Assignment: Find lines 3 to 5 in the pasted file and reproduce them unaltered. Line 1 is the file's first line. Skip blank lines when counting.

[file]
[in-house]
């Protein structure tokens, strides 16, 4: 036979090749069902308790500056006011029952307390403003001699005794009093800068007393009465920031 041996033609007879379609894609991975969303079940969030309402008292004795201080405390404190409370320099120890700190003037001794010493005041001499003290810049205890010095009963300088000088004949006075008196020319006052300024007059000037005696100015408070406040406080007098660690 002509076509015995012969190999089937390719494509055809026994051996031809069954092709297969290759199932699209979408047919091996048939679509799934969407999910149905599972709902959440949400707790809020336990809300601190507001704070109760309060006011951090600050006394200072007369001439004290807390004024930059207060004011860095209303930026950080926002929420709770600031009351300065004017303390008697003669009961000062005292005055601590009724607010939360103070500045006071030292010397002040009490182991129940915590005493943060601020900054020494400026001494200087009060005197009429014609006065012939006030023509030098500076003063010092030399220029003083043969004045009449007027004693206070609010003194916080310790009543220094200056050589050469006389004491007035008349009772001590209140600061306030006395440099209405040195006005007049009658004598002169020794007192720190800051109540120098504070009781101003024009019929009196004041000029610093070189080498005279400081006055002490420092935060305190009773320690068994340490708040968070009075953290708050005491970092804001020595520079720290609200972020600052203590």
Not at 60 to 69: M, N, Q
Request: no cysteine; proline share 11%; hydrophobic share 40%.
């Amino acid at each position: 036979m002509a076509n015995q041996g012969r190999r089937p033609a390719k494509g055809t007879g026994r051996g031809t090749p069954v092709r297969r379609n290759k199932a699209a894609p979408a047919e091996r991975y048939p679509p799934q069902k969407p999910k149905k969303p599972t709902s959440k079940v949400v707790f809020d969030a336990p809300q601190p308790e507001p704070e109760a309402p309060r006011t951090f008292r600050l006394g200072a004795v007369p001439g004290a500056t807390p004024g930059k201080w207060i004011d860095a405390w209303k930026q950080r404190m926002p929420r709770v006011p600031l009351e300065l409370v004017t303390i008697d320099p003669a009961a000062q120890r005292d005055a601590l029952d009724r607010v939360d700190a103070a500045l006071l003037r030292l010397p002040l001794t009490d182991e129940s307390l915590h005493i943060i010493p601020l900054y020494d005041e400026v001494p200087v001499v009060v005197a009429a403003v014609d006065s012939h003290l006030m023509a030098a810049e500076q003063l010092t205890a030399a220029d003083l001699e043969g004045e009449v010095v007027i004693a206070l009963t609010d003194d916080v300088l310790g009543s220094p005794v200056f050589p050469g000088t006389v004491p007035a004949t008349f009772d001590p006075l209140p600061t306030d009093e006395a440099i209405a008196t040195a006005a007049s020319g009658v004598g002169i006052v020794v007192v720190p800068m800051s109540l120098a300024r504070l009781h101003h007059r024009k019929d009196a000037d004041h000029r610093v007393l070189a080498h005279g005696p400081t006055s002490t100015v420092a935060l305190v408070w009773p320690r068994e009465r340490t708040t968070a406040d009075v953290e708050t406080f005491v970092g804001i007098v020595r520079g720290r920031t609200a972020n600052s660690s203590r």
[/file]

Not at 60 to 69: M, N, Q
Request: no cysteine; proline share 11%; hydrophobic share 40%.
């Amino acid at each position: 036979m002509a076509n015995q041996g012969r190999r089937p033609a390719k494509g055809t007879g026994r051996g031809t090749p069954v092709r297969r379609n290759k199932a699209a894609p979408a047919e091996r991975y048939p679509p799934q069902k969407p999910k149905k969303p599972t709902s959440k079940v949400v707790f809020d969030a336990p809300q601190p308790e507001p704070e109760a309402p309060r006011t951090f008292r600050l006394g200072a004795v007369p001439g004290a500056t807390p004024g930059k201080w207060i004011d860095a405390w209303k930026q950080r404190m926002p929420r709770v006011p600031l009351e300065l409370v004017t303390i008697d320099p003669a009961a000062q120890r005292d005055a601590l029952d009724r607010v939360d700190a103070a500045l006071l003037r030292l010397p002040l001794t009490d182991e129940s307390l915590h005493i943060i010493p601020l900054y020494d005041e400026v001494p200087v001499v009060v005197a009429a403003v014609d006065s012939h003290l006030m023509a030098a810049e500076q003063l010092t205890a030399a220029d003083l001699e043969g004045e009449v010095v007027i004693a206070l009963t609010d003194d916080v300088l310790g009543s220094p005794v200056f050589p050469g000088t006389v004491p007035a004949t008349f009772d001590p006075l209140p600061t306030d009093e006395a440099i209405a008196t040195a006005a007049s020319g009658v004598g002169i006052v020794v007192v720190p800068m800051s109540l120098a300024r504070l009781h101003h007059r024009k019929d009196a000037d004041h000029r610093v007393l070189a080498h005279g005696p400081t006055s002490t100015v420092a935060l305190v408070w009773p320690r068994e009465r340490t708040t968070a406040d009075v953290e708050t406080f005491v970092g804001i007098v020595r520079g720290r920031t609200a972020n600052s660690s203590r």